Going Forward

Of course, Lyme disease isn’t the only tickborne illness in the country. “Tickborne diseases are becoming increasingly more common and widespread in the U.S.,” says Eisen. She points out that blacklegged ticks also carry pathogens that cause the relapsing fever Borrelia miyamotoi disease, anaplasmosis, babesiosis, one form of ehrlichiosis, and Powassan virus.

The new map, combined with increased tick surveillance efforts, may help bring prevention education and tick control strategies to places that need them most. Right now, Eisen says tick prevention recommendations remain the same: Avoid tick habitats, use EPA-registered repellents, and check for ticks after spending time outdoors.

Melissa Mayer is a freelance science writer based in Portland, Oregon. Email: melissa.j.mayer@gmail.com.

7 Comments »

  1. I know personally of about 20 people who have been diagnosed with Lyme in a small Mississippi town, as well as myself. Someone at my local clinic said they were diagnosing 13+ plus cases a year. That’s with the cheap, outdated testing being only 50% accurate, at best. This is a small town, population less than 1,800. It also seems that everyone you talk with knows at least one person with it. Yet, Mississippi has no records of infection? This map is totally false. I understand that the research is lacking, but when doctors are diagnosing patients fairly often, reporting these infections should be mandatory. It’s as if making the truth known isn’t so much of a priority after all. My advice to anyone living in a state where Lyme hasn’t been reported.. don’t believe there the map, and if you find a tick on you, save in in a ziplock bag in the freezer to be sent for testing later. Also, go get on antibiotics immediately if you start feeling flu-like symptoms. If you’re lucky, maybe you can find a compassionate doctor who believes Lyme indeed exists in your area. Luckily mine did, because he contracted it himself.

    • Brandon, I thought reporting was already mandatory, but evidently not? We can’t get it eradicated if we don’t know where it is (not that I think anything is being done about it).

      Being a Lyme patient myself (along with two of my horses and one of my dogs), I corresponded with a knowledgeable and kind person at the CDC last year. I asked what they were doing about the astronomical spread of Lyme, and they said all the CDC can do is maintain the data; the USDA is actually the department responsible for taking any action against ticks. As a layperson, I don’t know of any ecological purpose for ticks, so as far as I’m concerned, they can be gotten rid of. Unless Big Pharma is in cahoots with the USDA, there’s no reason to have ticks on the planet.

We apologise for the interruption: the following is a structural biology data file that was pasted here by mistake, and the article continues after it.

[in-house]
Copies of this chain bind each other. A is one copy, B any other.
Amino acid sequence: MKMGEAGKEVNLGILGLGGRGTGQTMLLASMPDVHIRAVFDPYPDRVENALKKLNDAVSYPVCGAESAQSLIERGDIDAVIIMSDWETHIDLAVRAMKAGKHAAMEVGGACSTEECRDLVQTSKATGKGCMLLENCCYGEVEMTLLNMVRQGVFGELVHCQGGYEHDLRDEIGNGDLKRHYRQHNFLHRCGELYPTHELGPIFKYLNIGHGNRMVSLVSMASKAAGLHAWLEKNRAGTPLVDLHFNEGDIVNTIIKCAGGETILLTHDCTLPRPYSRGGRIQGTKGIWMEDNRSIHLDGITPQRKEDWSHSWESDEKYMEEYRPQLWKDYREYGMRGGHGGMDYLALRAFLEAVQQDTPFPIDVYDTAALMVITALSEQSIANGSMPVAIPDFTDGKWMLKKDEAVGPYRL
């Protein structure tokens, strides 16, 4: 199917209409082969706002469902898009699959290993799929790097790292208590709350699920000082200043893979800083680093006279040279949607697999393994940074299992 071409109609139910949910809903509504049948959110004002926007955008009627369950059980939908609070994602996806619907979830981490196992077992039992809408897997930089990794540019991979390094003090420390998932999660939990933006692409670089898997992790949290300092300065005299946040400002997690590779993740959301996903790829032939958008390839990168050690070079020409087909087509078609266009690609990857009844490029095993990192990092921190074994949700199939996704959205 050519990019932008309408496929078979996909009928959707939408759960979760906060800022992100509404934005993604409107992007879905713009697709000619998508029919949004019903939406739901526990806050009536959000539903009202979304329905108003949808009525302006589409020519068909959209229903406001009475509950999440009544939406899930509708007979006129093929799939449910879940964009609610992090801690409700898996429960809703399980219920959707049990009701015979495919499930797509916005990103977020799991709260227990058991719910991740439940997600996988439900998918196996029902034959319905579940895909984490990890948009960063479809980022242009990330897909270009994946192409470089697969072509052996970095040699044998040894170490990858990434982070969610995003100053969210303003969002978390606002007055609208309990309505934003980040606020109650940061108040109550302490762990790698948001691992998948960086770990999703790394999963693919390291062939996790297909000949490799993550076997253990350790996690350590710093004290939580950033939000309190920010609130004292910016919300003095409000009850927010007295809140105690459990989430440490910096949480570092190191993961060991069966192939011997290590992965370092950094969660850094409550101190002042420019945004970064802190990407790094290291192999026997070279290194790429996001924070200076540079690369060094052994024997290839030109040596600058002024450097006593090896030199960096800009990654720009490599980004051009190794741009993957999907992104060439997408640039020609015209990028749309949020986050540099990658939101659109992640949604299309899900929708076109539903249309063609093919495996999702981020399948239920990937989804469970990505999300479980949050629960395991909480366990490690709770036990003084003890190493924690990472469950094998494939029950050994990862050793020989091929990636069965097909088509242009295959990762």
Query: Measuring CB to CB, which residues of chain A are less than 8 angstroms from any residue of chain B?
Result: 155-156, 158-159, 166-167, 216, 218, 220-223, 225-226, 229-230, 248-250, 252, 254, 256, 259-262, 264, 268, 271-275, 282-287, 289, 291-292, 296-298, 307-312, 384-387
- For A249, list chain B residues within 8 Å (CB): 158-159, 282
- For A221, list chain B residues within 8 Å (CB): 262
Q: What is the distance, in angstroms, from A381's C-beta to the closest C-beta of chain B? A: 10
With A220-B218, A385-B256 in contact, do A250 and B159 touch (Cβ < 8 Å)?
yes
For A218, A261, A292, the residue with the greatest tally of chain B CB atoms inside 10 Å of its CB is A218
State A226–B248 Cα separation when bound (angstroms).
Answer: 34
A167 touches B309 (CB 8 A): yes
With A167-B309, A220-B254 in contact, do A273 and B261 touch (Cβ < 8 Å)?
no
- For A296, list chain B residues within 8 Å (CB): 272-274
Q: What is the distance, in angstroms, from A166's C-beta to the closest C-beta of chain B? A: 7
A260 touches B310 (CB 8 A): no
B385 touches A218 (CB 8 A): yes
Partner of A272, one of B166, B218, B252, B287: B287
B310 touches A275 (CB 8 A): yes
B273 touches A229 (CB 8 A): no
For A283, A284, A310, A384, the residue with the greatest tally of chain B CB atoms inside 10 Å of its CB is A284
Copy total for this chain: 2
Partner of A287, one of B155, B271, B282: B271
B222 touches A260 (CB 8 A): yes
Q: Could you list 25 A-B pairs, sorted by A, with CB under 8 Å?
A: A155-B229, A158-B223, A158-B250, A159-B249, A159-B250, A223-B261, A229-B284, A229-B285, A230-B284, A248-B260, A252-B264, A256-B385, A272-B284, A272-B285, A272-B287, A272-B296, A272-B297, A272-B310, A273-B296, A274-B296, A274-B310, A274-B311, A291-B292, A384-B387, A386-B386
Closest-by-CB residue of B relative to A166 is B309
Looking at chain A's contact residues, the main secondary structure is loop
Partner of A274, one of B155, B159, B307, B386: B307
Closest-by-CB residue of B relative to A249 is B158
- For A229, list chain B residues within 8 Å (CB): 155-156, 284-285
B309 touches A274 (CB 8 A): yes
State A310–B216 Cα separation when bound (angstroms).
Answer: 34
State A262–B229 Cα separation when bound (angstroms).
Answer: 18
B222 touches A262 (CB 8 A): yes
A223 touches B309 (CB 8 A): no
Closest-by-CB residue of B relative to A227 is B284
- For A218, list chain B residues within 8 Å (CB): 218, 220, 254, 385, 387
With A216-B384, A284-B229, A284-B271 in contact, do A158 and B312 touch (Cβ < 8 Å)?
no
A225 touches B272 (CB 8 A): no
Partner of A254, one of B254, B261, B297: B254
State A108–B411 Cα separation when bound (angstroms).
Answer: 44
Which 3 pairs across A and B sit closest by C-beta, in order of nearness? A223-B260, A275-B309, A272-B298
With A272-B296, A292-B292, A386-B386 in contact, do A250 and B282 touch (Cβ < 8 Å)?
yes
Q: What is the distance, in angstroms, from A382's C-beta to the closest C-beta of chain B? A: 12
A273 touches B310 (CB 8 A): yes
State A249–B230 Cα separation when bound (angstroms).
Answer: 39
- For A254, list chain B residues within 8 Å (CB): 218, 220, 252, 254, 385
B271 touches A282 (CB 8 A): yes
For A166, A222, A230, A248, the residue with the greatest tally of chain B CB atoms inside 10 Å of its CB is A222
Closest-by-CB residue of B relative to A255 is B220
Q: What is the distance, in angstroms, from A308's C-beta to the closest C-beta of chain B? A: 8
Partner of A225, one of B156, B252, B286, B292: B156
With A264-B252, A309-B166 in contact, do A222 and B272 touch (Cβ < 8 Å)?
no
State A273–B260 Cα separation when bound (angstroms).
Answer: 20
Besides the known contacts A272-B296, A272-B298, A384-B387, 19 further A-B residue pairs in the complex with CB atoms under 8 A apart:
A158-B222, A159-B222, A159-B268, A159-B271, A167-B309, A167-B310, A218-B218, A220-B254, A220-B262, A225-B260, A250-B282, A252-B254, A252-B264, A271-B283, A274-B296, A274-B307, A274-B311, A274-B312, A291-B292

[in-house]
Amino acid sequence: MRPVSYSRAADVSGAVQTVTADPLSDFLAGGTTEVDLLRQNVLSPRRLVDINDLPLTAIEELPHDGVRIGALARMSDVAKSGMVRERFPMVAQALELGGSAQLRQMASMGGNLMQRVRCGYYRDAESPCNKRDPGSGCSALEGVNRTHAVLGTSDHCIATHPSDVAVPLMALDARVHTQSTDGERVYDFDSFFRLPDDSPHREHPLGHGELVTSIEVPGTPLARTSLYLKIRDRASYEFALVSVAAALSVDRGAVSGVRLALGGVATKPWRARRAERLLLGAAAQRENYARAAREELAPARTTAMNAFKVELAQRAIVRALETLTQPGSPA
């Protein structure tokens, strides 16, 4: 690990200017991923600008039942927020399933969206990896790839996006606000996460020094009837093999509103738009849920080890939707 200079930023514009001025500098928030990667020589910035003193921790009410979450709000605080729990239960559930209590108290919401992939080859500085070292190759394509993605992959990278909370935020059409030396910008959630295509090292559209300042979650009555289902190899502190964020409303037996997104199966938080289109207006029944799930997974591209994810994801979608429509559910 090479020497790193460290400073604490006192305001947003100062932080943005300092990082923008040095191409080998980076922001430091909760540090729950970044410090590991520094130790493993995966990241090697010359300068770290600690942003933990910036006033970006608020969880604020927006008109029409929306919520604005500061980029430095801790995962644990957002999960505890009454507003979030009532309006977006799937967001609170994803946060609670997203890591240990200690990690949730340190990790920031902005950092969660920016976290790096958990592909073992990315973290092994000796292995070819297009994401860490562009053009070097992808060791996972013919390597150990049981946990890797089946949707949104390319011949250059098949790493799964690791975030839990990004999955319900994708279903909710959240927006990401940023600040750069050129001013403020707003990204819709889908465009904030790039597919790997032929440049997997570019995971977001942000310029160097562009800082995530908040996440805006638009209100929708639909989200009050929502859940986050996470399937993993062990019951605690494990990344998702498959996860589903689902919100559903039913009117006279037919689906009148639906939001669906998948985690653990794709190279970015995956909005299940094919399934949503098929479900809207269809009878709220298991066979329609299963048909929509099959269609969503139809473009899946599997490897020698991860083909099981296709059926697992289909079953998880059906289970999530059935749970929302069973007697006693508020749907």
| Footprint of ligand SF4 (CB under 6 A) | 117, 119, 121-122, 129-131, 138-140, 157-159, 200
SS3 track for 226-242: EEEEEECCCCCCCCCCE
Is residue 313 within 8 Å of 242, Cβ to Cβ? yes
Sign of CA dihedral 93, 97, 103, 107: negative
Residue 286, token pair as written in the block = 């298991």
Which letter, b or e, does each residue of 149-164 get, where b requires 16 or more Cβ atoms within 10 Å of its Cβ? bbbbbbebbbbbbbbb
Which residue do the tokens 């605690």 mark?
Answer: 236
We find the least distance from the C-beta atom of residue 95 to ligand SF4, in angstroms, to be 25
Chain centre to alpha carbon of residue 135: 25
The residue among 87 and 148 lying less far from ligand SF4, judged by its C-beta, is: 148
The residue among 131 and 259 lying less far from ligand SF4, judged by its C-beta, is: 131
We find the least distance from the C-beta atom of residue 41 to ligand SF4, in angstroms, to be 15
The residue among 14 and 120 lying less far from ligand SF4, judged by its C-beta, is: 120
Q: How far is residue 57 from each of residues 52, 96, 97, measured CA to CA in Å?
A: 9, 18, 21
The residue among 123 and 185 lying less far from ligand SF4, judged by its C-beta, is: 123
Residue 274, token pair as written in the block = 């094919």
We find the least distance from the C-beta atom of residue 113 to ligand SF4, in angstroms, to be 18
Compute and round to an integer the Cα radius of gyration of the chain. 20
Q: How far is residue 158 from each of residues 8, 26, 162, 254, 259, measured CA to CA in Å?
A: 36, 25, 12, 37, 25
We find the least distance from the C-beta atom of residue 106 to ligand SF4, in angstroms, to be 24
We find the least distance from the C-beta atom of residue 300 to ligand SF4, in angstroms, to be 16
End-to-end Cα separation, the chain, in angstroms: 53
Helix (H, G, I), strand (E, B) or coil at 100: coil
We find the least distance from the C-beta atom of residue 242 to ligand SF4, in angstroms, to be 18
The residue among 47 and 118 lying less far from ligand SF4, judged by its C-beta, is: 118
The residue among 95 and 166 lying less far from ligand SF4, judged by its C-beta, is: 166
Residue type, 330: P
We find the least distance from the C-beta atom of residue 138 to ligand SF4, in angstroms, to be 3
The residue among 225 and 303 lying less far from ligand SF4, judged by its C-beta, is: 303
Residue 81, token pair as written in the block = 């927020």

You’re extremely lucky to have found a sympathetic doctor. I have several friends in several states who weren’t so fortunate. Because their doctors were uninformed and closed-minded, my friends are now living with Lyme for life. The doctors’ response, “We don’t have Lyme here,” has destroyed many lives. I wish you the very best.

      • Thanks, Robynne. Hope you are doing fine. Not only did I get Lyme, I got babesiosis, which supposedly also doesn’t exist in MS. I have been to plenty of doctors who told me these infections didn’t exist in the South. It’s quite shocking to hear, honestly. The doctor who is treating me told me that he has quite a few veterinarians who he treats, and he made a good point. If animals are getting these diseases, why are doctors and government organizations saying that humans aren’t? It makes absolutely no sense. I feel that there is very little reporting of tick-borne diseases in the South and even many other parts of the country. For one, I’d bet more than half the people probably don’t even know they have it because the tests are so inaccurate. I wasn’t technically “positive” because I was short one band of the CDC’s guidelines, but there was no doubt I had contracted the disease based on my symptoms and my “near” positive result. So.. Testing needs to improve, the guidelines for a positive test needs to improve, and reporting of these infections should be made a priority.

      • Thanks Robynne. Yes, I have had doctors tell me flat out that tick diseases don’t exist here. While in the hospital from the life-threatening symptoms, they denied it had anything to do with a tick bite because I was supposedly cured from the short course of antibiotics I had taken a year prior. After further independent investigation, it turns out I had babesiosis, as well, which also supposedly doesn’t exist. It’s quite scary to be the unfortunate victim of a disease that doesn’t exist. You get ridiculed by doctor and deemed a hypochondriac, while you are dying of some undiagnosed infection. It’s pitiful. Research on effective treatments is lagging so far behind, and I’m sure it’s partially due to the fact that a real crisis in this country is being denied. Now that more and more people are suffering and speaking up, the truth is slowly coming out. I feel if the reporting of these infections were more strictly enforced, this map would change drastically.

  2. I agree with Brandon’s post. I haven’t read the original research, but they must have set very strict criteria for what is considered a reported infection. I personally know many people who were diagnosed in Florida.